Between the seams of the British Fashion Awards

Kate Hudson and Stella McCartney at the British Fashion Awards 2011. AP/Jonathan Short

Kate Hudson and Stella McCartney at the British Fashion Awards 2011. AP/Jonathan Short

The powers that be are spinning the British Fashion Awards (see report from my colleague Carola Long) as the triumph of the women – Victoria Beckham took home designer brand of the year; Stella McCartney, the red carpet award; Alexander McQueen’s Sarah Burton, designer of the year; Mary Katrantzou, emerging talent women’s wear; Charlotte Olympia, accessory designer of the year; Tabitha Simmons, emerging talent accessories – but as far as I am concerned the real stories are elsewhere.

I mean, let’s think about this for a moment.

Of the above, only one – Mary Katrantzou – shows in the UK (McCartney and McQueen show in Paris, and Victoria Beckham in NY; Tabitha Simmons presents her collection in Paris, as does Charlotte Dellal of Charlotte Olympia). Meanwhile, two (Simmons and Dellal) are actually shoe designers. And a third (Christopher Kane) won a new award invented for this year’s ceremony: the New Establishment Prize. So what does this tell us?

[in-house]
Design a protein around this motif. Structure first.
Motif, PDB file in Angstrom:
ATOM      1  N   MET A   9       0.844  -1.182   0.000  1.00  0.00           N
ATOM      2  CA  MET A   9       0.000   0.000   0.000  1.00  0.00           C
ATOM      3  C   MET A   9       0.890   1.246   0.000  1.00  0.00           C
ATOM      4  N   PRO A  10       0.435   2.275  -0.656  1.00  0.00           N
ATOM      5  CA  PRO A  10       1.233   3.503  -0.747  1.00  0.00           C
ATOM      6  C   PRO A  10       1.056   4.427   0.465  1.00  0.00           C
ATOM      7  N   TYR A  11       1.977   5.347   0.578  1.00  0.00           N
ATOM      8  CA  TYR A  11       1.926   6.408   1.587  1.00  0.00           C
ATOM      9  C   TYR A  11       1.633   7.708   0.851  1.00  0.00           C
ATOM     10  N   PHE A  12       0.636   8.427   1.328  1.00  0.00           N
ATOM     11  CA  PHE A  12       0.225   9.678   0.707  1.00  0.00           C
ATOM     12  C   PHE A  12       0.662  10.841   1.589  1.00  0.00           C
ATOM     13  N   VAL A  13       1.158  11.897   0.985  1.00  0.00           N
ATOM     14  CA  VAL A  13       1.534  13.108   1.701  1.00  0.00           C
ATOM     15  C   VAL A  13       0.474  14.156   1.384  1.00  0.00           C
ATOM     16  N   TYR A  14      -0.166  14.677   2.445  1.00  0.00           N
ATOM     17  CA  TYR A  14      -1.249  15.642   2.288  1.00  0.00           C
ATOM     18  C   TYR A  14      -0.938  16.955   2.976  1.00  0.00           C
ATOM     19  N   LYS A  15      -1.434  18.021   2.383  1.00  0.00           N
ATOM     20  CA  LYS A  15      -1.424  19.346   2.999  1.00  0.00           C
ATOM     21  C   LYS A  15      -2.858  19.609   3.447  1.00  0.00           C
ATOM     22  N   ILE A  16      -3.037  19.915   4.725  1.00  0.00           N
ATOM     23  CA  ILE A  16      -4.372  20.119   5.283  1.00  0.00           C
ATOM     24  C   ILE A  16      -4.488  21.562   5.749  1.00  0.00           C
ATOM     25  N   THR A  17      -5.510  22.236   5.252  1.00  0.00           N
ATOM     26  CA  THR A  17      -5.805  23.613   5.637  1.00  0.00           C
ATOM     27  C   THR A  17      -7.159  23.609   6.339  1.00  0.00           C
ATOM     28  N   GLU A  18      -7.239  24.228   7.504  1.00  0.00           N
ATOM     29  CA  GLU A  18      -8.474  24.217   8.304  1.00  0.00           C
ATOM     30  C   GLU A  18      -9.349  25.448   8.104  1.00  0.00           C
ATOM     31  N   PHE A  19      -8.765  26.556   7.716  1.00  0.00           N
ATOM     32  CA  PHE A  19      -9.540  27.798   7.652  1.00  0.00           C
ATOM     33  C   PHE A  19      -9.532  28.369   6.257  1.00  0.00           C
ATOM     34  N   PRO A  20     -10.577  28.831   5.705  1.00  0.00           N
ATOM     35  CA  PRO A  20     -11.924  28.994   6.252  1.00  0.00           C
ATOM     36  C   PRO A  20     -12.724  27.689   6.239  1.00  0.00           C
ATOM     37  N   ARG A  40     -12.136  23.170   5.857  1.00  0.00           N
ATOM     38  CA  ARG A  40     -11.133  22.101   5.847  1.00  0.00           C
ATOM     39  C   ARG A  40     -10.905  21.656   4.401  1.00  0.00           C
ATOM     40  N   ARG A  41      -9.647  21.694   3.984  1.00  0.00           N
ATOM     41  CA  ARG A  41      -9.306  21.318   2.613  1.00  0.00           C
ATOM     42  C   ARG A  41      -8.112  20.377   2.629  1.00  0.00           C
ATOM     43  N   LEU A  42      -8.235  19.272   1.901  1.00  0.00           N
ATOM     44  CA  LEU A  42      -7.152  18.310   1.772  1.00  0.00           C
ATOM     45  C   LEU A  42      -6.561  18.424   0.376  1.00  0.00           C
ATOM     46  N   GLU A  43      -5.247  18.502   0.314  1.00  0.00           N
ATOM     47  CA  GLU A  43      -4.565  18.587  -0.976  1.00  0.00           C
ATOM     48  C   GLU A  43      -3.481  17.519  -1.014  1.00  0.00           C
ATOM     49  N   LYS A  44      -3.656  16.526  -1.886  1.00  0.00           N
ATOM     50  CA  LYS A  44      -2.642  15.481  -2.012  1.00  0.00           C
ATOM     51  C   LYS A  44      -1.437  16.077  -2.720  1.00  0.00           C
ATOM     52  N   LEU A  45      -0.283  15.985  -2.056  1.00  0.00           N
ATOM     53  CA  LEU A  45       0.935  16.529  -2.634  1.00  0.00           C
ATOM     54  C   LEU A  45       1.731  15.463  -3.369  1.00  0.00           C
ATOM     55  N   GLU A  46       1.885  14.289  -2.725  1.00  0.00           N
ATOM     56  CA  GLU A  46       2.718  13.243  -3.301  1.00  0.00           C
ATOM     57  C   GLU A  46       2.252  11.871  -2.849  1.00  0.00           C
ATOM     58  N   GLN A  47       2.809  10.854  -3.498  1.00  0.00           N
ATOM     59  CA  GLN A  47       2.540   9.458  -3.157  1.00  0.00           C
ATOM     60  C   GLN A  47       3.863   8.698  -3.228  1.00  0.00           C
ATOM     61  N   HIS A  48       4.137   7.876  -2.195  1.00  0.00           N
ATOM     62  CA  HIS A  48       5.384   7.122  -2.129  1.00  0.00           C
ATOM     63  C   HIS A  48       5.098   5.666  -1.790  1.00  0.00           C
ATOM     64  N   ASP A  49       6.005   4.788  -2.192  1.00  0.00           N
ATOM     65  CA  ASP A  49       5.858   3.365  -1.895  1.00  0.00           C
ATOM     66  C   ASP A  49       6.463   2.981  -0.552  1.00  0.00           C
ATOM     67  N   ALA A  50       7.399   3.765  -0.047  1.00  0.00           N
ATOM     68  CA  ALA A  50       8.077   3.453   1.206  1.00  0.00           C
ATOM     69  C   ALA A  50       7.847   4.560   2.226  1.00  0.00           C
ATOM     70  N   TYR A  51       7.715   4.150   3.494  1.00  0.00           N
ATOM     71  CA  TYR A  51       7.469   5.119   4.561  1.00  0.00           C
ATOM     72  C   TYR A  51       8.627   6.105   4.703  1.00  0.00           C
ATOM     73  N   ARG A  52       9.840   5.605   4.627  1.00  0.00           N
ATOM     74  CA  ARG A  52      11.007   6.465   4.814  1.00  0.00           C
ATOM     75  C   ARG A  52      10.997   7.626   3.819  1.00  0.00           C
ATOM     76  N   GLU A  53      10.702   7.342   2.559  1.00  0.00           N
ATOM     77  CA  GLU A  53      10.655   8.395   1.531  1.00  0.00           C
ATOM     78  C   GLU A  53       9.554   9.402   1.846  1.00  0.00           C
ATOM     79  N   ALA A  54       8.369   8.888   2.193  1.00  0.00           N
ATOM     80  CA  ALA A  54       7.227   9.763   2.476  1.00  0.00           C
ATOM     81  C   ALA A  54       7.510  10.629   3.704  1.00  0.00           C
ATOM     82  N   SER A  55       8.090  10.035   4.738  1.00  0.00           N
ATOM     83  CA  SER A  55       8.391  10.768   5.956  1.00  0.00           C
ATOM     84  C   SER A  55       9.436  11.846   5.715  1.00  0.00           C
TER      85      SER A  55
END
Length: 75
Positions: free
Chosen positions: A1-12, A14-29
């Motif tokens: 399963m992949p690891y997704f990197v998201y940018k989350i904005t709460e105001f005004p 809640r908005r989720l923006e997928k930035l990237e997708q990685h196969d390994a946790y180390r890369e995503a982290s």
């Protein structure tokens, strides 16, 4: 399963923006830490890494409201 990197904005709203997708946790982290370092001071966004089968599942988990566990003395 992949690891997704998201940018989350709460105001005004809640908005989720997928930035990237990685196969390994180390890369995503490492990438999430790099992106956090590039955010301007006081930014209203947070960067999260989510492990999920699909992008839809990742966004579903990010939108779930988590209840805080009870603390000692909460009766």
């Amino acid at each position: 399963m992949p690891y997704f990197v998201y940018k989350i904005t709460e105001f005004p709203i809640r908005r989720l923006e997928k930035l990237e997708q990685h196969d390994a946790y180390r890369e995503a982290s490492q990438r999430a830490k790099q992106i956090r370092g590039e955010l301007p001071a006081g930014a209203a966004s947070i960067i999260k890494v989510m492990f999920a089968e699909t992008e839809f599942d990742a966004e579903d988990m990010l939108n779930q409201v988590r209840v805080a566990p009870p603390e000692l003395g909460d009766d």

Well, that despite all the verbiage devoted to pumping up London Fashion Week, the major British designers still leave British shores to become major; that the UK is extremely strong in footwear; and that awards ceremonies are about a lot more than just rewarding talent: they are about promoting home industry to the fullest extent possible, no matter how loosely defined. Last year, for example, Burberry won for Digital Innovation, a prize that doesn’t exist this year, which leads cynical minds like mine to suspect it was created to get Burberry on the podium, which then leads to thoughts that maybe the New Establishment was created to get smaller designers like Kane on the podium.

But as anyone who has ever been on an award committee knows, you do what you can to get the buzziest names to show up, with the buzziest friends (Stella McCartney and her guest Kate Hudson was a picture that went ’round the world – it landed in my inbox at least six times), so as to get the biggest bang for the sponsor buck. Put another way: sometimes an award show is just an award show, but all times, it’s a marketing opportunity.